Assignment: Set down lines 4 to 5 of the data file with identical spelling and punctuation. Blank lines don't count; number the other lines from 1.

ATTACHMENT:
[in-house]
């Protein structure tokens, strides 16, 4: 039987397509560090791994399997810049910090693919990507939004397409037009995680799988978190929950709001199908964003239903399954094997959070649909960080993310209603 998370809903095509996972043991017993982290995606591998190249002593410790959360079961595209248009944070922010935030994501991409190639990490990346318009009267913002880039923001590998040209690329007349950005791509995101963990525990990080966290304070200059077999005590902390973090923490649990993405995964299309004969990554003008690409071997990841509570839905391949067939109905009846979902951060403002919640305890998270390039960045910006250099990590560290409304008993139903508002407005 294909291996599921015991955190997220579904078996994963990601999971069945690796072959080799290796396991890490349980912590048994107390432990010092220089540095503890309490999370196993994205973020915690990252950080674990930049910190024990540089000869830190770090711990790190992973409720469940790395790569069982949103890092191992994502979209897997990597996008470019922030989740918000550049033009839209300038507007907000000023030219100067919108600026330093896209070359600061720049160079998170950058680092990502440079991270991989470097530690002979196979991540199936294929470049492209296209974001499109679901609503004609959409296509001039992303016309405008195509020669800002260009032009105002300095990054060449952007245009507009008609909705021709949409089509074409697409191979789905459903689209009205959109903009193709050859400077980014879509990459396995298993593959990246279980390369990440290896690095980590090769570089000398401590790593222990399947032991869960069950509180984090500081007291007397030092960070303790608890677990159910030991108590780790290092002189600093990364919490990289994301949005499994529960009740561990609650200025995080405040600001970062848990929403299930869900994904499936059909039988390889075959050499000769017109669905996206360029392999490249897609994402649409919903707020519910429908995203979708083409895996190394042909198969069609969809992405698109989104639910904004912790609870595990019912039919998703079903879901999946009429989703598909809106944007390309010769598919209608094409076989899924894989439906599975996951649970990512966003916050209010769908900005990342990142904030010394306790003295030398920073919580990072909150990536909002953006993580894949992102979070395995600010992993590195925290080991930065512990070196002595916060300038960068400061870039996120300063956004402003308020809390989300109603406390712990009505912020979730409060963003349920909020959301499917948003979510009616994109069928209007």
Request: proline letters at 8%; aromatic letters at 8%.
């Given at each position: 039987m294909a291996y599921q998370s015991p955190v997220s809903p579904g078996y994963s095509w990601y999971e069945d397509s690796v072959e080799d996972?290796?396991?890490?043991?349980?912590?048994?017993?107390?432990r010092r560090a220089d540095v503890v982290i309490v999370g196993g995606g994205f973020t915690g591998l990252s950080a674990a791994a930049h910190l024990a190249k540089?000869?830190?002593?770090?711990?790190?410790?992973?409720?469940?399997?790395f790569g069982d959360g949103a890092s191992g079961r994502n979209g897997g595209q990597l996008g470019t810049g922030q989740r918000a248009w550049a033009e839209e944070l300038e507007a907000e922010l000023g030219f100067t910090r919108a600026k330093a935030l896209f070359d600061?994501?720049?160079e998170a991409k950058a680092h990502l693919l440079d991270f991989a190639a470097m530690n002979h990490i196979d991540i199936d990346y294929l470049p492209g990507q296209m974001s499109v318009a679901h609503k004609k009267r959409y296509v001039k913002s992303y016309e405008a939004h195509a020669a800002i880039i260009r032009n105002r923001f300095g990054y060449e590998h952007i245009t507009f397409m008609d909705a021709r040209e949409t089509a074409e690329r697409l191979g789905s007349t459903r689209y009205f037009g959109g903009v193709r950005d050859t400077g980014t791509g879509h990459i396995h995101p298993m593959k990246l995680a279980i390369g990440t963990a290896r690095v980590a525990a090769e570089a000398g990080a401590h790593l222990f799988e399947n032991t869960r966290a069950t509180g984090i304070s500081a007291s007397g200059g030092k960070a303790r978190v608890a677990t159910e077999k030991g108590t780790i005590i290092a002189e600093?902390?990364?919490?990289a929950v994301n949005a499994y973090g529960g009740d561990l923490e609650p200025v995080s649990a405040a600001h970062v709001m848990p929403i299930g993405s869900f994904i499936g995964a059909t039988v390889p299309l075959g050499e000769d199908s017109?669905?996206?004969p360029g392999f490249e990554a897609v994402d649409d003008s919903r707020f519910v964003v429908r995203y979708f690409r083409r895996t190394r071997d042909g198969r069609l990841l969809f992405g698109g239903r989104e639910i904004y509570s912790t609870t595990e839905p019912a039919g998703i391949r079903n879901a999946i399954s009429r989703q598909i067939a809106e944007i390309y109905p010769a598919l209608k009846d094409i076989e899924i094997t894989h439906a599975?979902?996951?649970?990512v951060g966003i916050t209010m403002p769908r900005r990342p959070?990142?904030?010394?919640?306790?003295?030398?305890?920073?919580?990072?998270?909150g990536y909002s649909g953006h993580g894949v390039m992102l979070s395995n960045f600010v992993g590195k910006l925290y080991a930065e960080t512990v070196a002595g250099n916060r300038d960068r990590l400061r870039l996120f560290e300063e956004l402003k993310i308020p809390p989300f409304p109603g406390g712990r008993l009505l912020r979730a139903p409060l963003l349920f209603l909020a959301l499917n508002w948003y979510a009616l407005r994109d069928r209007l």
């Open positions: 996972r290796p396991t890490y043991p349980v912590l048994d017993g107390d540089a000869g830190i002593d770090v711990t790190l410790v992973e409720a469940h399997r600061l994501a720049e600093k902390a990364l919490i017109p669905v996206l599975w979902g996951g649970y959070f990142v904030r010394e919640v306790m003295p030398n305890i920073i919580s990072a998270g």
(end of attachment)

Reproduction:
């Given at each position: 039987m294909a291996y599921q998370s015991p955190v997220s809903p579904g078996y994963s095509w990601y999971e069945d397509s690796v072959e080799d996972?290796?396991?890490?043991?349980?912590?048994?017993?107390?432990r010092r560090a220089d540095v503890v982290i309490v999370g196993g995606g994205f973020t915690g591998l990252s950080a674990a791994a930049h910190l024990a190249k540089?000869?830190?002593?770090?711990?790190?410790?992973?409720?469940?399997?790395f790569g069982d959360g949103a890092s191992g079961r994502n979209g897997g595209q990597l996008g470019t810049g922030q989740r918000a248009w550049a033009e839209e944070l300038e507007a907000e922010l000023g030219f100067t910090r919108a600026k330093a935030l896209f070359d600061?994501?720049?160079e998170a991409k950058a680092h990502l693919l440079d991270f991989a190639a470097m530690n002979h990490i196979d991540i199936d990346y294929l470049p492209g990507q296209m974001s499109v318009a679901h609503k004609k009267r959409y296509v001039k913002s992303y016309e405008a939004h195509a020669a800002i880039i260009r032009n105002r923001f300095g990054y060449e590998h952007i245009t507009f397409m008609d909705a021709r040209e949409t089509a074409e690329r697409l191979g789905s007349t459903r689209y009205f037009g959109g903009v193709r950005d050859t400077g980014t791509g879509h990459i396995h995101p298993m593959k990246l995680a279980i390369g990440t963990a290896r690095v980590a525990a090769e570089a000398g990080a401590h790593l222990f799988e399947n032991t869960r966290a069950t509180g984090i304070s500081a007291s007397g200059g030092k960070a303790r978190v608890a677990t159910e077999k030991g108590t780790i005590i290092a002189e600093?902390?990364?919490?990289a929950v994301n949005a499994y973090g529960g009740d561990l923490e609650p200025v995080s649990a405040a600001h970062v709001m848990p929403i299930g993405s869900f994904i499936g995964a059909t039988v390889p299309l075959g050499e000769d199908s017109?669905?996206?004969p360029g392999f490249e990554a897609v994402d649409d003008s919903r707020f519910v964003v429908r995203y979708f690409r083409r895996t190394r071997d042909g198969r069609l990841l969809f992405g698109g239903r989104e639910i904004y509570s912790t609870t595990e839905p019912a039919g998703i391949r079903n879901a999946i399954s009429r989703q598909i067939a809106e944007i390309y109905p010769a598919l209608k009846d094409i076989e899924i094997t894989h439906a599975?979902?996951?649970?990512v951060g966003i916050t209010m403002p769908r900005r990342p959070?990142?904030?010394?919640?306790?003295?030398?305890?920073?919580?990072?998270?909150g990536y909002s649909g953006h993580g894949v390039m992102l979070s395995n960045f600010v992993g590195k910006l925290y080991a930065e960080t512990v070196a002595g250099n916060r300038d960068r990590l400061r870039l996120f560290e300063e956004l402003k993310i308020p809390p989300f409304p109603g406390g712990r008993l009505l912020r979730a139903p409060l963003l349920f209603l909020a959301l499917n508002w948003y979510a009616l407005r994109d069928r209007l």
């Open positions: 996972r290796p396991t890490y043991p349980v912590l048994d017993g107390d540089a000869g830190i002593d770090v711990t790190l410790v992973e409720a469940h399997r600061l994501a720049e600093k902390a990364l919490i017109p669905v996206l599975w979902g996951g649970y959070f990142v904030r010394e919640v306790m003295p030398n305890i920073i919580s990072a998270g």